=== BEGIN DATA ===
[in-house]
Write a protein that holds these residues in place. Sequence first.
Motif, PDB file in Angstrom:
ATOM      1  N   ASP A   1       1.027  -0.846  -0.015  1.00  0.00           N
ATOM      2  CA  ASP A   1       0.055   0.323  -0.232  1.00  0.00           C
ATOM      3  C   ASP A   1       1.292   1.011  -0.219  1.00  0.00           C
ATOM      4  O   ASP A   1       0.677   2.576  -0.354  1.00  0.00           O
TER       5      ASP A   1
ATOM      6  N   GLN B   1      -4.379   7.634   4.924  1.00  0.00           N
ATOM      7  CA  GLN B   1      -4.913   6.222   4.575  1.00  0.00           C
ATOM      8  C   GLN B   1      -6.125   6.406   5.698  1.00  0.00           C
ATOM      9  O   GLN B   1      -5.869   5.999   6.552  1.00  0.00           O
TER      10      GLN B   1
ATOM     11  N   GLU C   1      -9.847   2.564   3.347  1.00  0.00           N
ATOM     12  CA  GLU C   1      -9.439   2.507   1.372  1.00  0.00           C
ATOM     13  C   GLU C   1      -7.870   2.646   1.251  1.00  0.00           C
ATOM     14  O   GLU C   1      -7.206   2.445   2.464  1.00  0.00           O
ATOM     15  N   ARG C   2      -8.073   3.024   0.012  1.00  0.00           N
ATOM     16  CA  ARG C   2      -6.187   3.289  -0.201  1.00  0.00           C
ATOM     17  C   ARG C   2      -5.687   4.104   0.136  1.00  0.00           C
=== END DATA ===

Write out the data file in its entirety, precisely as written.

[in-house]
Write a protein that holds these residues in place. Sequence first.
Motif, PDB file in Angstrom:
ATOM      1  N   ASP A   1       1.027  -0.846  -0.015  1.00  0.00           N
ATOM      2  CA  ASP A   1       0.055   0.323  -0.232  1.00  0.00           C
ATOM      3  C   ASP A   1       1.292   1.011  -0.219  1.00  0.00           C
ATOM      4  O   ASP A   1       0.677   2.576  -0.354  1.00  0.00           O
TER       5      ASP A   1
ATOM      6  N   GLN B   1      -4.379   7.634   4.924  1.00  0.00           N
ATOM      7  CA  GLN B   1      -4.913   6.222   4.575  1.00  0.00           C
ATOM      8  C   GLN B   1      -6.125   6.406   5.698  1.00  0.00           C
ATOM      9  O   GLN B   1      -5.869   5.999   6.552  1.00  0.00           O
TER      10      GLN B   1
ATOM     11  N   GLU C   1      -9.847   2.564   3.347  1.00  0.00           N
ATOM     12  CA  GLU C   1      -9.439   2.507   1.372  1.00  0.00           C
ATOM     13  C   GLU C   1      -7.870   2.646   1.251  1.00  0.00           C
ATOM     14  O   GLU C   1      -7.206   2.445   2.464  1.00  0.00           O
ATOM     15  N   ARG C   2      -8.073   3.024   0.012  1.00  0.00           N
ATOM     16  CA  ARG C   2      -6.187   3.289  -0.201  1.00  0.00           C
ATOM     17  C   ARG C   2      -5.687   4.104   0.136  1.00  0.00           C